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BALTIMORE — H.L. Mencken, the Jazz Age scribe who loved Baltimore and booze in equal measure, spared no opportunity to praise his state’s famous rye whiskey.
It was, he said, “the most healthful appetizer yet discovered by man.” The Mencken family doctor, he added, apparently approved: “He believed and taught that a shot of Maryland whiskey was the best preventive of pneumonia in the R months.”
Maryland was once a whiskey distilling powerhouse, surpassed among the states only by Kentucky and Pennsylvania. It produced 5.6 million gallons in 1911, its pre-Prohibition high point — most of it rye, supposedly made in a distinctive style that was readily recognized from the Midwest to Manhattan. But the distilleries, and the style, disappeared after World War II and the consolidation of the whiskey industry in Kentucky.
Now, with rye sales growing at double-digit rates, a new generation of distillers sees an opportunity to put Maryland whiskey back on the map. At least a dozen distilleries have opened in the state over the last five years. Several more outside Maryland, as far away as Far North Spirits in Hallock, Minn., are making what they call Maryland-style rye.
“I want to get it back to what it once was,” said Brian Treacy, the president of the Sagamore Spirit Distillery, which opened in 2017 along a postindustrial stretch of Baltimore dockland. “It was a regional style then, and it can be a regional style again.”
There’s just one problem: For all its fame and praise, no one quite knows what “Maryland style” meant. Most distillers back before Prohibition did not keep recipes, or document how they made their whiskey. Newspaper accounts differ widely; even Mencken left few clues about his beloved drink.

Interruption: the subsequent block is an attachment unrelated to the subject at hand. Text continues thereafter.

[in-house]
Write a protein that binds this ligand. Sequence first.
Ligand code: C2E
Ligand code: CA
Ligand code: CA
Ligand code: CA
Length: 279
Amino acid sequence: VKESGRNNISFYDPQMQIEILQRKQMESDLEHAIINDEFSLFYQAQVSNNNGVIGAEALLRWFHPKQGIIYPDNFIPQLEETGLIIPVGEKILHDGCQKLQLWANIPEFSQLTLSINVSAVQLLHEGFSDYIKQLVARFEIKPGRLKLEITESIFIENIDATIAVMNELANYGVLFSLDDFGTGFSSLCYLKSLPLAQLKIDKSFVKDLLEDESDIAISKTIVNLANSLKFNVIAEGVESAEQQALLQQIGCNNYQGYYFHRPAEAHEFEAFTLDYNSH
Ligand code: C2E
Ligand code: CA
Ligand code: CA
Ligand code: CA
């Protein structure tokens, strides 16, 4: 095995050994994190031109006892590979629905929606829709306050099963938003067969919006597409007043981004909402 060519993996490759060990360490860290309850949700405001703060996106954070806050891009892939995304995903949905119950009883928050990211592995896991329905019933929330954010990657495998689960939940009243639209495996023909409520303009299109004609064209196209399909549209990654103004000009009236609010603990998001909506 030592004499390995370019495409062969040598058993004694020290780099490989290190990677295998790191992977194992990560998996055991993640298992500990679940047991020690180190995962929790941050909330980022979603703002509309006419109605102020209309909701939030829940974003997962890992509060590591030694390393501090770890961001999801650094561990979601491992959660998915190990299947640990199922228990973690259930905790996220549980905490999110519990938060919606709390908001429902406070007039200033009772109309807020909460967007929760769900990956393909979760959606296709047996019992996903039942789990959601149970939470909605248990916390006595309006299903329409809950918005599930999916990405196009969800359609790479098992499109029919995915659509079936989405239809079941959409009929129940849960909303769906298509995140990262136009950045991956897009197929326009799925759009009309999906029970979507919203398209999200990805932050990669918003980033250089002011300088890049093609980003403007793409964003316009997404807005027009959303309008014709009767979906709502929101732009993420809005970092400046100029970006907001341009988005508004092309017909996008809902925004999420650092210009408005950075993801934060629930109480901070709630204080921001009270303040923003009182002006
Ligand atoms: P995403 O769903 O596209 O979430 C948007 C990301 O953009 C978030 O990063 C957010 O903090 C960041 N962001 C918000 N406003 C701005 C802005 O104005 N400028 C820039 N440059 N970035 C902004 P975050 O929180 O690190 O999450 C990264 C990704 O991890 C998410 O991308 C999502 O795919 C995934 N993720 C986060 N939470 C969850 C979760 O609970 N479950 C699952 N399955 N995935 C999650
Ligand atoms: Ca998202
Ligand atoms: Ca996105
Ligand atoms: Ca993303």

It is one of the great mysteries of the industrial age in America: How could a product so widely appreciated disappear so completely?
“It’s a fascinating question, and it’s generating a fascinating debate,” said Teresa DeFlitch, who studies the history of American distilling at Wigle Whiskey, in Pittsburgh.
That debate is about more than just stylistic accuracy. As distillers dig through America’s whiskey legacy for inspiration, what does it mean to recreate a “historic” style? And do they risk imposing contemporary ideas and categories on a past that might have seen things quite differently?
There’s no doubt that something called Maryland rye existed at some point. The state was once flush with distilleries — in 1911 there were 44, half of them in central Baltimore — and advertisements from the late 19th century promote the drink as a more refined alternative to its rougher cousins from Kentucky and Pennsylvania. One ad, for a brand called Maryland Club, appeared in a leather-bound datebook recovered from the Titanic.
Some of that promotion was just marketing. But many distillers and historians today agree that Maryland rye did have a different flavor profile — sweeter than the rye made farther west, with less spice and a supple, perhaps buttery palate.
That, however, is where the agreement ends and the guesswork begins. What, for starters, gave Maryland rye that special sweetness?
According to Jaime Windon, a founder of Lyon Distilling, on Maryland’s Eastern Shore, and the president of the Maryland Distillers Guild, the state’s whiskey makers mixed their rye grain with a high percentage of corn, which lends sweetness to balance the rye’s spiciness.
The distillers at Sagamore agree. They make two batches of whiskey, one almost entirely with rye grain and the other with just 52 percent rye — the rest being mostly corn — which they then blend together. “Doing so allows us some flexibility, and it gives us that sweet roundedness Maryland rye was known for,” Mr. Treacy said.
But Ned Wight, who owns New England Distilling and whose great-great-great-grandfather ran one of the largest distilleries in Maryland, says his family’s whiskey had no use for corn. (Though based in Portland, Me., his company makes its own Maryland-style rye, called Gunpowder.)
“Generally, old Maryland ryes were made with rye and malted barley,” Mr. Wight said.
The sweetness might have come from using a brewer’s yeast to ferment the grain, which produces lighter, more floral notes than a traditional distiller’s yeast, he said.